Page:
The pieces in Robert ParkeHarrison‘s The Architect’s Brother depict a character named “Everyman” coping with a number of distraught scenarios in which the pace of technology has out-stepped the resources of the earth. As tired as this theme may sound, ParkeHarrison brings a new perspective to each of many glimpses of these possible futures. These images are riddled with melancholy, but the weight is ultimately lifted by an unflagging belief in human agency.
ParkeHarrison’s photos invoke sadness and struggle through bleak and depleted landscapes and Everyman’s singular attempts to revamp and cleanse against impossible odds. The tools Everyman uses are odd and earthly contraptions cobbled together for specific purposes (e.g., cloud cleaning, breathing underwater, flying, planting seeds, etc.). The only accurate analogs that come to mind are the twisted machines of Terry Gilliam’s Brazil (or maybe some bastard amalgam from the minds of Theodore Geisel and Tim Burton).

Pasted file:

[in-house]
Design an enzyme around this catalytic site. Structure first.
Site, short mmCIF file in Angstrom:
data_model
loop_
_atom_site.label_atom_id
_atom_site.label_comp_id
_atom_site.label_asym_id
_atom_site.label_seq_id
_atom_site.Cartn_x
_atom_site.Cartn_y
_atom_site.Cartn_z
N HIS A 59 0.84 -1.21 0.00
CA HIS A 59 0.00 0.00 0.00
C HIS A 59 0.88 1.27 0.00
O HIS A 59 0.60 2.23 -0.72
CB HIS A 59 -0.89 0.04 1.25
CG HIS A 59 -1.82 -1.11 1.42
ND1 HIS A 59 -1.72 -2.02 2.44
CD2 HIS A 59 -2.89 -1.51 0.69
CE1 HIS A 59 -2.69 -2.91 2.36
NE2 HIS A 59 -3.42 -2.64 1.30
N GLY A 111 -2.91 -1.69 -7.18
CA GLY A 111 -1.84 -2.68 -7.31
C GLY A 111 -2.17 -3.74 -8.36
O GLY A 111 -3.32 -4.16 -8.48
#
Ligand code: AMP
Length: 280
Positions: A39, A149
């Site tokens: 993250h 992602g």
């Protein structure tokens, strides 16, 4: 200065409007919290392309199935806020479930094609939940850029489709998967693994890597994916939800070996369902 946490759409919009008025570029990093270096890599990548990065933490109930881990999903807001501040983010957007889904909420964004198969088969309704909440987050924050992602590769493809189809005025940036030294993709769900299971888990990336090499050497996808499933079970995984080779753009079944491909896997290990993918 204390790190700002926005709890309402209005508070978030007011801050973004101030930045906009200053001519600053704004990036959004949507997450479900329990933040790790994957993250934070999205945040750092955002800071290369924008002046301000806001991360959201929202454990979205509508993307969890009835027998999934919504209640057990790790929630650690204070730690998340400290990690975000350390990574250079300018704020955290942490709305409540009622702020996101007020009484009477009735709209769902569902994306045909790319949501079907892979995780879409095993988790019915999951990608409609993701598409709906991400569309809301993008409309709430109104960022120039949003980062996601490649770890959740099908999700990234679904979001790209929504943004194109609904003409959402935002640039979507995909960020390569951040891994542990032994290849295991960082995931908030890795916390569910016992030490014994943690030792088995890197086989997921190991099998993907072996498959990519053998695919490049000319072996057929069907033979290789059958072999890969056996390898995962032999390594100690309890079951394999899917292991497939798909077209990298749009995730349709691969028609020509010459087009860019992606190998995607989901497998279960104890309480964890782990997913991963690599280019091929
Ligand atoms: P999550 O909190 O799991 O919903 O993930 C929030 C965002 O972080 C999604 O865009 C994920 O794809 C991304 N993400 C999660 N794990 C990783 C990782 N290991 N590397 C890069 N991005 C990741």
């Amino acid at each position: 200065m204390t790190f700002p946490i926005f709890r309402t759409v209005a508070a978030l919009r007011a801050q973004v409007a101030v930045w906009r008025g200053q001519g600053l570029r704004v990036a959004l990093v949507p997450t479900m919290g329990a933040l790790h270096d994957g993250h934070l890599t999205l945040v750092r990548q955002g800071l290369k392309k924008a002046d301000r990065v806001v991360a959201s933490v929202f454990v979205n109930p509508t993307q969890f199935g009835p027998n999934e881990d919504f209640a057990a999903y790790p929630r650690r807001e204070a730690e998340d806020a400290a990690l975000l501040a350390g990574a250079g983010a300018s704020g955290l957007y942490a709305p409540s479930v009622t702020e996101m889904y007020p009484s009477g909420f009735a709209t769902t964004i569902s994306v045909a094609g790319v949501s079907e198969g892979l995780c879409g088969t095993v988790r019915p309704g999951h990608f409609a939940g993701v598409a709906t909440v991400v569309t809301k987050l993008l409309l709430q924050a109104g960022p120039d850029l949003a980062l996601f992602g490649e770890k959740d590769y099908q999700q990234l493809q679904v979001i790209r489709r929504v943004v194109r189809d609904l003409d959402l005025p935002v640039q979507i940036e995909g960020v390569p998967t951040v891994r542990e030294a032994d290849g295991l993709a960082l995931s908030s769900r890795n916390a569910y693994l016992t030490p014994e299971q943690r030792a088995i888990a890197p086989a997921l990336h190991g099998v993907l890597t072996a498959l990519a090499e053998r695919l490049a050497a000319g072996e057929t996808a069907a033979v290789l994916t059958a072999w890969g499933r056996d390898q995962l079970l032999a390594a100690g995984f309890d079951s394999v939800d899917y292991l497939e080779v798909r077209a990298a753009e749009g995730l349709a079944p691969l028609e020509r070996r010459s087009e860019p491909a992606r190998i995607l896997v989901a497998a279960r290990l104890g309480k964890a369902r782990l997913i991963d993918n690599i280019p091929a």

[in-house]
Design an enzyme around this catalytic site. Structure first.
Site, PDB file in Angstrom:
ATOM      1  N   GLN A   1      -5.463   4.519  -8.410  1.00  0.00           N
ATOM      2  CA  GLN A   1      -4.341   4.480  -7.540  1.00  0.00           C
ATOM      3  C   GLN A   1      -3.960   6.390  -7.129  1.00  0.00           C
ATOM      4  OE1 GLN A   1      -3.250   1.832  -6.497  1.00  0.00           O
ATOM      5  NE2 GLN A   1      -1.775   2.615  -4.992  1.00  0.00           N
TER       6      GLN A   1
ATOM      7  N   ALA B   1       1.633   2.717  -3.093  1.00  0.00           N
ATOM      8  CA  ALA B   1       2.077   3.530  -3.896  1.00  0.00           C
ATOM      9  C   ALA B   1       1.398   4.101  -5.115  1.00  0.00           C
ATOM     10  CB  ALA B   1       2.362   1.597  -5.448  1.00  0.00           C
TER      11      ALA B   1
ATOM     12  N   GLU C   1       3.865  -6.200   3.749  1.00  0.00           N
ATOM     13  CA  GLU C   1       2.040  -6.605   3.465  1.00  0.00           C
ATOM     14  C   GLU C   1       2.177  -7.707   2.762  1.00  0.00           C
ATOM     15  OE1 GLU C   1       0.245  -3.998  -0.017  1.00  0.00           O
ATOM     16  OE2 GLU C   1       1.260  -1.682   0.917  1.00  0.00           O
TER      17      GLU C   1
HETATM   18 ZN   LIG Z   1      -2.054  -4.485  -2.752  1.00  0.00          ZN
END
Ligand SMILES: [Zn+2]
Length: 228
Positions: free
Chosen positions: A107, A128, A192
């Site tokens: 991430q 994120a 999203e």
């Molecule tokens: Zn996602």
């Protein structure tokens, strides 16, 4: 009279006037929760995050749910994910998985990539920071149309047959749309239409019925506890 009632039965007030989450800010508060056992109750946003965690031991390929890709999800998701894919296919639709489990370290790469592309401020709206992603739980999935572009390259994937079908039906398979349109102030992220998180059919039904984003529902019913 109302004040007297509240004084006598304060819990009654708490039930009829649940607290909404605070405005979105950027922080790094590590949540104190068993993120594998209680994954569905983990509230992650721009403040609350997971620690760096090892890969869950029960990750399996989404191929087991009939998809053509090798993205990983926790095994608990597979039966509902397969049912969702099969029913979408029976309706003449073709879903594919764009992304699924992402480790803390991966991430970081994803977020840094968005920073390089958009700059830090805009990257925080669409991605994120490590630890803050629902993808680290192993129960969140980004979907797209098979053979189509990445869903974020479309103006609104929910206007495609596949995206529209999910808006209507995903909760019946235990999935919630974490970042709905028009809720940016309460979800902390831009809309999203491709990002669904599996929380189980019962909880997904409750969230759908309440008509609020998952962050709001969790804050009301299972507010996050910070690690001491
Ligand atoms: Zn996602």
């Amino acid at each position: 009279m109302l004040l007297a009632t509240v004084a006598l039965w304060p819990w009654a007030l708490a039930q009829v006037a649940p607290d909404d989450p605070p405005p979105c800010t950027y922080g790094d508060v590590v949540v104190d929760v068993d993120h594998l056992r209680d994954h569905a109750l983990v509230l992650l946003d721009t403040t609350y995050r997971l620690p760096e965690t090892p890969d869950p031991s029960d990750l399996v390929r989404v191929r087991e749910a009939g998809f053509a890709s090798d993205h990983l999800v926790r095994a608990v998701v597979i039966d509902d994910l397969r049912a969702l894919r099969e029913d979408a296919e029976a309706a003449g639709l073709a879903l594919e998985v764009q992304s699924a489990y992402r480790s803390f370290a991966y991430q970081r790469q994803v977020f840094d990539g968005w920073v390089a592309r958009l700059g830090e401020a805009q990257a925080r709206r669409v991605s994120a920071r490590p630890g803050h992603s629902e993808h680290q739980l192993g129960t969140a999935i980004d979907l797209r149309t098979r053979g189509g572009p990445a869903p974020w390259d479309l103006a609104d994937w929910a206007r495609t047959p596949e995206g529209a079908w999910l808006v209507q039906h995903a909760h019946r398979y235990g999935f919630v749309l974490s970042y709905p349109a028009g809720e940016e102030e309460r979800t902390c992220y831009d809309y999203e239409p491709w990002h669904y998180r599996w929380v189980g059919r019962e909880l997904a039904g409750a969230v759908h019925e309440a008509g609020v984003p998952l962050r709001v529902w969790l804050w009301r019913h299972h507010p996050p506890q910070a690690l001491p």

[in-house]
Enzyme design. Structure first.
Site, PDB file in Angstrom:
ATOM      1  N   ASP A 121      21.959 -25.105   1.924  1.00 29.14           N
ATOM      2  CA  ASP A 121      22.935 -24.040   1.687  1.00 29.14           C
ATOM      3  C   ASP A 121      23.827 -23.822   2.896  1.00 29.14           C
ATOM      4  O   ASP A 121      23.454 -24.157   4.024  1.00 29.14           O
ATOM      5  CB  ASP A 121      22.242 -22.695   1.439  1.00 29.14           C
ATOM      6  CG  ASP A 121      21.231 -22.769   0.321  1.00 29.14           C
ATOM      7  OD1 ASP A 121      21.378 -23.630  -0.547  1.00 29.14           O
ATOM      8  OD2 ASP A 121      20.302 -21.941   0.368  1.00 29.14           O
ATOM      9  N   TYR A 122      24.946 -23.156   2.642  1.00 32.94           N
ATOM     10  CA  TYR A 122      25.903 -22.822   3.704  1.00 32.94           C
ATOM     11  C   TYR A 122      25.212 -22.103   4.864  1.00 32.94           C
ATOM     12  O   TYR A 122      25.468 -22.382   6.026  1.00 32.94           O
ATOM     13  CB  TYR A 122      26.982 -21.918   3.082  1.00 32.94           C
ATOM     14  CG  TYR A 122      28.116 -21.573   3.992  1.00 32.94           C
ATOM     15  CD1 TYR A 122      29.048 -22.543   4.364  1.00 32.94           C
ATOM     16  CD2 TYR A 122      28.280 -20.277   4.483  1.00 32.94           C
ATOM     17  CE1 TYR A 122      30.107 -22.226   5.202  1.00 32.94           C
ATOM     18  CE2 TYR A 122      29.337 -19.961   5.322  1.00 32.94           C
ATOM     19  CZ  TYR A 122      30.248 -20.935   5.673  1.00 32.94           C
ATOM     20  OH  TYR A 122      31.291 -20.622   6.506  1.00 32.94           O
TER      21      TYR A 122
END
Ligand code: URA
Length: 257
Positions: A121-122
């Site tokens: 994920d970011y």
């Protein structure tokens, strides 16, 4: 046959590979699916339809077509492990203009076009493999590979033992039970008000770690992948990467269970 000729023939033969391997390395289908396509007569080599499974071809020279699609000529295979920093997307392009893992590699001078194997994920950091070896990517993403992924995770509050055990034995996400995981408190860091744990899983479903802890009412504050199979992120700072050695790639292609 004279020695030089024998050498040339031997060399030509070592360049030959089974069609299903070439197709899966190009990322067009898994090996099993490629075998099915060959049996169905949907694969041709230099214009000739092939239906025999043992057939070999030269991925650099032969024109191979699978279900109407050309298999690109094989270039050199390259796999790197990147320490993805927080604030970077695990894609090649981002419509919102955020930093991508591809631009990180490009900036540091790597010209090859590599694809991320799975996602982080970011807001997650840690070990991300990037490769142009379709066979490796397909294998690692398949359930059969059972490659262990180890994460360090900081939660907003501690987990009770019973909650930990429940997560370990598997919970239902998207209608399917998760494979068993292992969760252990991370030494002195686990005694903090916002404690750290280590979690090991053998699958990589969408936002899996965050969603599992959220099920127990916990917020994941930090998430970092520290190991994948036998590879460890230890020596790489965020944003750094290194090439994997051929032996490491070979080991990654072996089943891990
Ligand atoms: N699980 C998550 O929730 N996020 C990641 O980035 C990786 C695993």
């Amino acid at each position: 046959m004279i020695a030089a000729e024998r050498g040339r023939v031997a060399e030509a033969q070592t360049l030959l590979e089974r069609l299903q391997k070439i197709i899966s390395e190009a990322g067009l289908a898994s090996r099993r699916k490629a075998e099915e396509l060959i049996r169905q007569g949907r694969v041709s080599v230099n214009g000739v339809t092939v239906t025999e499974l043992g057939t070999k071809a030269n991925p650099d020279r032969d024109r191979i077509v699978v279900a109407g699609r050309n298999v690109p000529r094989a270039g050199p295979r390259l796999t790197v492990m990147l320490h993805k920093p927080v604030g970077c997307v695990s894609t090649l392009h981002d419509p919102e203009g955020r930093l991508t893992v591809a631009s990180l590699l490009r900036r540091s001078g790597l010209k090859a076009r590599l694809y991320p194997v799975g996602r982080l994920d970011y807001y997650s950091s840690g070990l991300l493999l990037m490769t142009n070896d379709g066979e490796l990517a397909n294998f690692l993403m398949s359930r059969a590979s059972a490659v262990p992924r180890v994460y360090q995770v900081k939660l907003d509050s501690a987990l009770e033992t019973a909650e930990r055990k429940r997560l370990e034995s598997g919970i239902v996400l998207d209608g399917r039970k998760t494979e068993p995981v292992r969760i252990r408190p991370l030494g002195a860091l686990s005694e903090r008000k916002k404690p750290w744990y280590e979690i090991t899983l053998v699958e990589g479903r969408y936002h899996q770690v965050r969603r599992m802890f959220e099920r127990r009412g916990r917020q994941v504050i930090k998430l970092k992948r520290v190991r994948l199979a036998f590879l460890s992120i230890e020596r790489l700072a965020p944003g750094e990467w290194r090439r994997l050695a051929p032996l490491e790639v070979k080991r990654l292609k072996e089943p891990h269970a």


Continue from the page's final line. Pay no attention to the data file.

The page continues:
Through all the gloom and implicit warning signs, Everyman prevails as a steadfast hero. He goes about his tasks in every piece with a quiet determination that is intriguing and imminently inspiring. Everyman’s — and Robert ParkHarrison’s — work is a triumph of the human spirit and its creativity.
For more information about both, visit the ParkeHarrisons’ site at ParkeHarrison.com. The Architect’s Brother runs through April 4th at the Museum of Photographic Arts in San Diego.
Many thanks to Brian Spitzberg for urging me to go see this exhibit.
I marshal the middle between Mathers and McLuhan.